Last updated: April 12, 2022
Congress established the Army Nurse Corps in 1901. Nurses were the first women in the Army and U.S. Army General Hospital at the Presidio was the first Army hospital to employ them. By 1902, 41 nurses were part of the hospital staff. Dora E. Thompson was the Chief Nurse at Letterman during the 1906 earthquake and fire. She successfully commanded the nurses who helped treat numerous civilian casualties at the hospital during the disaster.
"Thompson once told an audience that the creation of the Nurse Corps had been a 'rather up hill battle' and that they received much opposition, as many people thought women were not suited for work in Army hospitals." 
In 1918, Letterman was selected for the first Army School of Nursing and more classroom buildings and nurses’ quarters were added. In 1920, nurses acquired the relative rank of officer, but they would not receive permanent military commissions in the Army until 1947. In 1941, with the United States’ entry into World War II, only fifty-six African American nurses were allowed to enlist in the Army Nurse Corps. As the war progressed that quota was lifted on July 1944.2 Men were admitted to the Nurse Corps in 1956.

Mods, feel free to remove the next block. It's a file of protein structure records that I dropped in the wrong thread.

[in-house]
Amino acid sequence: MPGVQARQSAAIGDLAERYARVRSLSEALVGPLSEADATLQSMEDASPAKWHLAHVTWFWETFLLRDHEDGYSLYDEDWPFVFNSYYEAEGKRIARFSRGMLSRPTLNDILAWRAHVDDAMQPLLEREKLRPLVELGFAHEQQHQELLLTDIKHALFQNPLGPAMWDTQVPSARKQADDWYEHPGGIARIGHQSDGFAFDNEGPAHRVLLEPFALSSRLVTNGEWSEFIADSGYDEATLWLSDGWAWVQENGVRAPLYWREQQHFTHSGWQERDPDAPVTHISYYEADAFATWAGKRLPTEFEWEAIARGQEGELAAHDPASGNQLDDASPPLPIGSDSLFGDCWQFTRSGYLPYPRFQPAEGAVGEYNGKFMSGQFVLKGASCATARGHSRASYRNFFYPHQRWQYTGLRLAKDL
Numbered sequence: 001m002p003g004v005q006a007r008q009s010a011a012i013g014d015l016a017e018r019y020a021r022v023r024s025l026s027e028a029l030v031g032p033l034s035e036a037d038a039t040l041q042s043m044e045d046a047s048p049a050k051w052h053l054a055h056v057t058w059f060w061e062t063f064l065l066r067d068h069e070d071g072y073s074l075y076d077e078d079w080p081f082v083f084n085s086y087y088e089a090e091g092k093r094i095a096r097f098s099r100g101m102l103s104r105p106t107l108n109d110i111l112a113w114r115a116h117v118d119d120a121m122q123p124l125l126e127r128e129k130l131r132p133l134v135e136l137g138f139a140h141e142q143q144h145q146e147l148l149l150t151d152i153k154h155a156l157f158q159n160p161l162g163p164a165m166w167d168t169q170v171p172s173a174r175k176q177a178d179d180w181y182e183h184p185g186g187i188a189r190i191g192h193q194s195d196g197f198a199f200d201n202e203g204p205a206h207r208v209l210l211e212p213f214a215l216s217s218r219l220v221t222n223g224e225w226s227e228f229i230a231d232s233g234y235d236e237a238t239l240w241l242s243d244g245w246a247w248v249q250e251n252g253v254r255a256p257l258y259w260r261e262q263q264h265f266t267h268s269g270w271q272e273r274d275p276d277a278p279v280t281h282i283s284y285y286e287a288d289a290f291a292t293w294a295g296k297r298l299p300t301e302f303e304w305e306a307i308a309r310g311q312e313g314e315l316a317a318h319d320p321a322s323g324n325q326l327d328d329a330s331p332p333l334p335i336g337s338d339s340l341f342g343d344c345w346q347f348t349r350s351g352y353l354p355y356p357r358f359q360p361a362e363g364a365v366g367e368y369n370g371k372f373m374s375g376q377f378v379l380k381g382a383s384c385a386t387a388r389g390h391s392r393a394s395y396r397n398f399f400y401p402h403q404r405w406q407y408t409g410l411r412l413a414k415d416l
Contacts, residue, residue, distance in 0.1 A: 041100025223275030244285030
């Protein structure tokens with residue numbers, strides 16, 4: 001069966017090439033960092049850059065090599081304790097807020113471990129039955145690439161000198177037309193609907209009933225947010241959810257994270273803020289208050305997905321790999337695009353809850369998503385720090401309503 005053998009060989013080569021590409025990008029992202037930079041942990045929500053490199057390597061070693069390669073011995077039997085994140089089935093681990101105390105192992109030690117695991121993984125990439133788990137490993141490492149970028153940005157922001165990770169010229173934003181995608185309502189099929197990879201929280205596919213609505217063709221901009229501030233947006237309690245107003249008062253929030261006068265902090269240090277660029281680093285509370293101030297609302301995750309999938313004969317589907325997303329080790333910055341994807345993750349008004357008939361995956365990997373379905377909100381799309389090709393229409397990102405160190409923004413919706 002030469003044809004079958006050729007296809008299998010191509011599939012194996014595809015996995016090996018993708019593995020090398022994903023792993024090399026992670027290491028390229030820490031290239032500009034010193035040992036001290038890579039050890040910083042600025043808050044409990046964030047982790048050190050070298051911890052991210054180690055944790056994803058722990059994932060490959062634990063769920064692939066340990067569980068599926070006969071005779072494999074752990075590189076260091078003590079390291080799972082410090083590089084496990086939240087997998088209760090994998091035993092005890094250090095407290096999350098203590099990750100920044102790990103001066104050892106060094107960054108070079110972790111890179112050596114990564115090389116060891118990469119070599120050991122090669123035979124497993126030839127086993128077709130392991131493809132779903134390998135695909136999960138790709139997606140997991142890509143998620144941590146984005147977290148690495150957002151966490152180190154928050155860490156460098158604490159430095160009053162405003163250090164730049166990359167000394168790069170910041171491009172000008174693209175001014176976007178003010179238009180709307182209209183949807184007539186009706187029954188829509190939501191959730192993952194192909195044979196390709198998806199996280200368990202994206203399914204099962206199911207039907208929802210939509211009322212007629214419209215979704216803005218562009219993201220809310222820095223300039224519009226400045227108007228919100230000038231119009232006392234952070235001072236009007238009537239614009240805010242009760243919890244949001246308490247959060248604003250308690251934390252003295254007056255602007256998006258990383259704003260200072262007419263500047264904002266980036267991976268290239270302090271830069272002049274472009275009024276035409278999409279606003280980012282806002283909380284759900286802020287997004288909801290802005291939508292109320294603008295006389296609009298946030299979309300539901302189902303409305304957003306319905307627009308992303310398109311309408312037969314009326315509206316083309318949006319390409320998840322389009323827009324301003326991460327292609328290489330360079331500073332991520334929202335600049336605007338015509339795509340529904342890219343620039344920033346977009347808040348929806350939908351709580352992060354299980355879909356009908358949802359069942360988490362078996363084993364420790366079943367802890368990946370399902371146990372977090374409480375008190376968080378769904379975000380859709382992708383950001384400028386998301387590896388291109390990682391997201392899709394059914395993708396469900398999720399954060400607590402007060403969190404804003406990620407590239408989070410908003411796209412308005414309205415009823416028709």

During World War II, women signed up with the Army and Navy Nurse Corps for service in the Philippine Islands. Of the 99 nurses known to have served in or at Bataan, 22 escaped before the final fall of the Philippine Islands in 1942. The remaining 77, the largest group of women Prisoners of War in American history, were repatriated in 1945. To the men with which they served, and to whom they ministered, they became known as the “Angels of Bataan.” The nurses were freed on February 21, 1945 after three years of imprisonment. On their way home, the released nurses were honored at Letterman Hospital.
1. Lisa M. Budreau, Office of Medical History (U.S. Army) Office of the Surgeon General, Richard M. Prior, Answering The Call: The U.S. Army Nurse Corps, 1917-1919: A commemorative Tribute to Military Nursing in world War I. Government Printing Office, 2008.
2. "Black History Month Proud To Serve: African American Army Nurse Corps Officers." Office Of Medical History - African American Army Nurse Corps Officers. July 07, 2009. Accessed May 18, 2019. Https://history.amedd.army.mil/ancwebsite/articles/blackhistory.html.